Overview: Use the writing process to write a researched argumentative essay of a minimum of 1200 words to convince readers to accept your point of view (your position on an issue). As Peter Adams asserts in The Hub, An argument is a piece of writing that takes a position on an issue, provides various types of evidence to support that position, and acknowledges and addresses valid counterarguments (512). You must include a works cited page as part of your research documentation; however, the works cited do not count as part of the required 1200 words.
Deadlines: The first draft of the researched argumentative essay and one peer review are due by Monday, December 6, at 11:59 p.m. The final researched argumentative essay is due by Friday, December 10, at 11:59 p.m.
Topic: Choose a topic that can be argued/debated and that is interesting or meaningful to you. Consider controversial topics that may affect us locally or a current international/global topic in which you are very interested and invested. This is your culminating assignment for your college writing course; your topic will directly reflect your ability to think critically.
Research: This is a researched essay. You are required to use a minimum of four credible, scholarly sources. Two (or more) of these sources must come from the CPCC online databases, such as ProQuest or Opposing Viewpoints. You must include correctly formatted in-text citations and a works-cited page. You cannot use Wikipedia, Debate.org, ProCon.org, The Onion, Daily Mail, or any fake news web site; these sources are not considered credible for college-level writing.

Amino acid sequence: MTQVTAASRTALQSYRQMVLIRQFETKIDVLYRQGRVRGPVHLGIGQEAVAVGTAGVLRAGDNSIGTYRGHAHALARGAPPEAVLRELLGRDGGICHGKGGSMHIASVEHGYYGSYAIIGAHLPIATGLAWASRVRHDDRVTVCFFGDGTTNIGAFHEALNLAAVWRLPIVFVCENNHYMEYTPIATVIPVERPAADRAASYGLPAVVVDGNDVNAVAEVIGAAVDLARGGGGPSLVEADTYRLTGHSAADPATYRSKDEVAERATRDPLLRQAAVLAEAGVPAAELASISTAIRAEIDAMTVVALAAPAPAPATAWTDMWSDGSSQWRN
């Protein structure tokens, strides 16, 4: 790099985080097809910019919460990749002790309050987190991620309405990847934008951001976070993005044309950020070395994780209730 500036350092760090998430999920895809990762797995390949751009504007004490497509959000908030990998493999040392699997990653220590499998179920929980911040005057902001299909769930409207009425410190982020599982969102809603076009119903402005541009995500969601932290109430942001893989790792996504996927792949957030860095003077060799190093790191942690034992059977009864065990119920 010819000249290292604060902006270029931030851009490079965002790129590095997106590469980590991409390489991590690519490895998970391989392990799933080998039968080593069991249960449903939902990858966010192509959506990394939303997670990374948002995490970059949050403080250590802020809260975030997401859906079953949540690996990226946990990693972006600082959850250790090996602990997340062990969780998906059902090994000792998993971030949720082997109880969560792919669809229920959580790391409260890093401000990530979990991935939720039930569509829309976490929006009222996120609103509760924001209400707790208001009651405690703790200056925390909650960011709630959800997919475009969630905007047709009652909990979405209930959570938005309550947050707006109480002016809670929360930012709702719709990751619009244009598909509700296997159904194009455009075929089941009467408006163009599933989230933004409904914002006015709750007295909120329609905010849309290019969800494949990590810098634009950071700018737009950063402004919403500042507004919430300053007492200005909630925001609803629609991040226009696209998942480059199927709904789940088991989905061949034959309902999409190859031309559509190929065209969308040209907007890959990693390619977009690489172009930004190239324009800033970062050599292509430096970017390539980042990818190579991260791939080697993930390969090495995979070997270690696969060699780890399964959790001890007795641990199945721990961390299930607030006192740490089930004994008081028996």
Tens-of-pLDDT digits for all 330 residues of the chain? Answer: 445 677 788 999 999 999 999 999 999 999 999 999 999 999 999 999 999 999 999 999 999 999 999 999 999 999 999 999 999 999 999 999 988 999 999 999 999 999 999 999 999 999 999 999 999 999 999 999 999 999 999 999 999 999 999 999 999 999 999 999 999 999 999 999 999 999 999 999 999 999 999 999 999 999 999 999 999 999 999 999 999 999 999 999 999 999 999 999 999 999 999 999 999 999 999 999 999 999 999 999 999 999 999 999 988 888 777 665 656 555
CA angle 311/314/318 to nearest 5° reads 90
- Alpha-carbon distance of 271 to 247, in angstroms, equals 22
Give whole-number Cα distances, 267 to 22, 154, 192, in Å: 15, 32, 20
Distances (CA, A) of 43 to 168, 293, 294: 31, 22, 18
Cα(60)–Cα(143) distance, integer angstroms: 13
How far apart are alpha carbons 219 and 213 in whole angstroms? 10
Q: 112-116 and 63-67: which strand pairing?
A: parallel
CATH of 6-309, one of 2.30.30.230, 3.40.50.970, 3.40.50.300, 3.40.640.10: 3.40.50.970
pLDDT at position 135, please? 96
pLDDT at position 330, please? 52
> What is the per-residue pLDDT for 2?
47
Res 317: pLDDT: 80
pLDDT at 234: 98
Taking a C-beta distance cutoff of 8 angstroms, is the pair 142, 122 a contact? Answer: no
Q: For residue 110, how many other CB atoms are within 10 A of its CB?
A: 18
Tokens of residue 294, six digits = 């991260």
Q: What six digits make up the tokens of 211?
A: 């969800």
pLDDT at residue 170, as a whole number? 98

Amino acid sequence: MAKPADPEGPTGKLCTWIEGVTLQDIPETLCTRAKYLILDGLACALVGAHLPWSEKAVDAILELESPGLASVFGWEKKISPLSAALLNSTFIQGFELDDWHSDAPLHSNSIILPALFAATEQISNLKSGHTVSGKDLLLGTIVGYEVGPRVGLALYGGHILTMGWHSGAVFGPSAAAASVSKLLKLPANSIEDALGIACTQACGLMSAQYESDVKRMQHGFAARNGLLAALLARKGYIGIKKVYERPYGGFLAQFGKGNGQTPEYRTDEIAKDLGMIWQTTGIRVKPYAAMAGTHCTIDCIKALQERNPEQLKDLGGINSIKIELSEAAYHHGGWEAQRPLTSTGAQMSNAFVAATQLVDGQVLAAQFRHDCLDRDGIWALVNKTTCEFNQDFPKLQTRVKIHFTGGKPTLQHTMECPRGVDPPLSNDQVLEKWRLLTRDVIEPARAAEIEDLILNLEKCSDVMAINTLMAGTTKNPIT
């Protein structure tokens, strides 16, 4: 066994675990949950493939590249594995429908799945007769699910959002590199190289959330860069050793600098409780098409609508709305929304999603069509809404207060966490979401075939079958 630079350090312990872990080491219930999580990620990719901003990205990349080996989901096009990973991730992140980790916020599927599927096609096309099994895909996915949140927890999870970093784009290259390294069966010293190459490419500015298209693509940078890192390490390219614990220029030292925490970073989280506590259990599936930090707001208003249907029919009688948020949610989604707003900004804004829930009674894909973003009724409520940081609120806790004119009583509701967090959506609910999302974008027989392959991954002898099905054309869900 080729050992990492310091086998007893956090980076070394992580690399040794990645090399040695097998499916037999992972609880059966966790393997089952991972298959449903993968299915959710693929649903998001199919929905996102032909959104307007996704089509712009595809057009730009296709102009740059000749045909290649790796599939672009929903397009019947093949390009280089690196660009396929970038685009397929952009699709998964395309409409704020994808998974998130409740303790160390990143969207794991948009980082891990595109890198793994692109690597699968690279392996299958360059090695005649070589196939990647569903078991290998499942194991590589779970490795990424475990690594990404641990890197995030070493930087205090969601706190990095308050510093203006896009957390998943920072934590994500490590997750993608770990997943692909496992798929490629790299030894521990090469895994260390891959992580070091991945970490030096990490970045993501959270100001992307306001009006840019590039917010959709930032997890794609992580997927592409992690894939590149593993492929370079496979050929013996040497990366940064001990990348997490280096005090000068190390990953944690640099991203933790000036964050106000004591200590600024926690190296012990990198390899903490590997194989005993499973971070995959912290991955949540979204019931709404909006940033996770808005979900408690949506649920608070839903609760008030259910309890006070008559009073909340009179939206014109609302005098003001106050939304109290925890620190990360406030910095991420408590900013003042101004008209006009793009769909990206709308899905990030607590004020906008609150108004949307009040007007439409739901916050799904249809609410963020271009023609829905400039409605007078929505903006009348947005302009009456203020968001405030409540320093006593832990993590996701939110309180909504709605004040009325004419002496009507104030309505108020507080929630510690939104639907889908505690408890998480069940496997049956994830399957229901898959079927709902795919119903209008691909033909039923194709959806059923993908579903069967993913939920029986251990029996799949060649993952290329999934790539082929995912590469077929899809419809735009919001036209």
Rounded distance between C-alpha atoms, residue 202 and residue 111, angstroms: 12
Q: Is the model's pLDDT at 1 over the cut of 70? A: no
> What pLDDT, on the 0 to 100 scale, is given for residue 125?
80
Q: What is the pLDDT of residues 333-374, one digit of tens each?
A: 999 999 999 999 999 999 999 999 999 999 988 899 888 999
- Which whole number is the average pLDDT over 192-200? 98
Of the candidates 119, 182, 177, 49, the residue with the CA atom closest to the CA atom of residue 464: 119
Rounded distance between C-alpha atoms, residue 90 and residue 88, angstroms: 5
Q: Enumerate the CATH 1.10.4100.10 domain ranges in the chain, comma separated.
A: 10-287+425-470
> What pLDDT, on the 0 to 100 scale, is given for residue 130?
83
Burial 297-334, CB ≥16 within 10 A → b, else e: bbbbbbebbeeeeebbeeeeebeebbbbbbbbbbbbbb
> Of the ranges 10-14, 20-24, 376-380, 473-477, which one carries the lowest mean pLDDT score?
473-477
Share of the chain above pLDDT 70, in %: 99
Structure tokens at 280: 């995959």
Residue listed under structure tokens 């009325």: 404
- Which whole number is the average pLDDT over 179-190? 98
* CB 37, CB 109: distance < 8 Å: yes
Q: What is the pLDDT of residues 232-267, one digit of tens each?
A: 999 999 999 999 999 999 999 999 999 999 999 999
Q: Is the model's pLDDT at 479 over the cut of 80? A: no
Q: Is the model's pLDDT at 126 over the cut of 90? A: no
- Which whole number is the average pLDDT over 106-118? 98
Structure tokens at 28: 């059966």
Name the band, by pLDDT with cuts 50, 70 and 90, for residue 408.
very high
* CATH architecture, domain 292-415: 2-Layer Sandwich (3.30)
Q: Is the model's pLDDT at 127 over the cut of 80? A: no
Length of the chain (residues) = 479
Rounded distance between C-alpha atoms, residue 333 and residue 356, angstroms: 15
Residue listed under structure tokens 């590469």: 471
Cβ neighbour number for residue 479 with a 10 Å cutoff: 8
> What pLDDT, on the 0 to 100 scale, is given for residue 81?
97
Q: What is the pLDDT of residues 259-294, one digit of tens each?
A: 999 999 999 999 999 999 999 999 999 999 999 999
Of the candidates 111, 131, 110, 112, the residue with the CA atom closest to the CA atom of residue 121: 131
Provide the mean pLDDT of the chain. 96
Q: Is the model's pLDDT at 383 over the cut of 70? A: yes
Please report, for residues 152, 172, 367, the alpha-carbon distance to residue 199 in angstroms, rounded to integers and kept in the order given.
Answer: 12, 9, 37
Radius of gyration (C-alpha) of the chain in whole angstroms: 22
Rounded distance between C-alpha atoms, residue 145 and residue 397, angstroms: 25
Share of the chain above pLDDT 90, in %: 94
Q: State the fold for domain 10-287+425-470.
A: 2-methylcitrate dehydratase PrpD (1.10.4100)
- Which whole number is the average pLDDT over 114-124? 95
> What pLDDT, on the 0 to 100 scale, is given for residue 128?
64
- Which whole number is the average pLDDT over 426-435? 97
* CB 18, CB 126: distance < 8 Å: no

Plagiarism: Your essay will be automatically submitted to Turnitin to check for plagiarism. Plagiarized essays will earn a grade of zero. Please review the plagiarism policy as stated in the course syllabus.
Length: The essay must be a minimum of 1200 words in length. The works-cited page may not be included in the word count.
Format: Use current MLA manuscript formatting for the header, title, heading, etc., and MLA research-documentation formatting for the in-text citations and the works-cited page. Refer to the Online Writing Lab at Purdue University (OWL) for current MLA instructions and examples.
Language: Use third-person point of view and a formal tone. Do not use contractions, slang, or other informal language. Include persuasive words, such as should, must, will, can, need to, etc. Do not use first-person pronouns (I, me, my) or second-person pronouns (you, your).
The Topic: School Start Times
Question on which to take a stance: Across the U.S., public K-12 schools begin at various times during the day, some as early as 7:00 a.m. Though there are various reasons why schools start at a certain time, there are also various debates about the impact of early start times on student health and academic performance. Should school start times be moved to later in the day?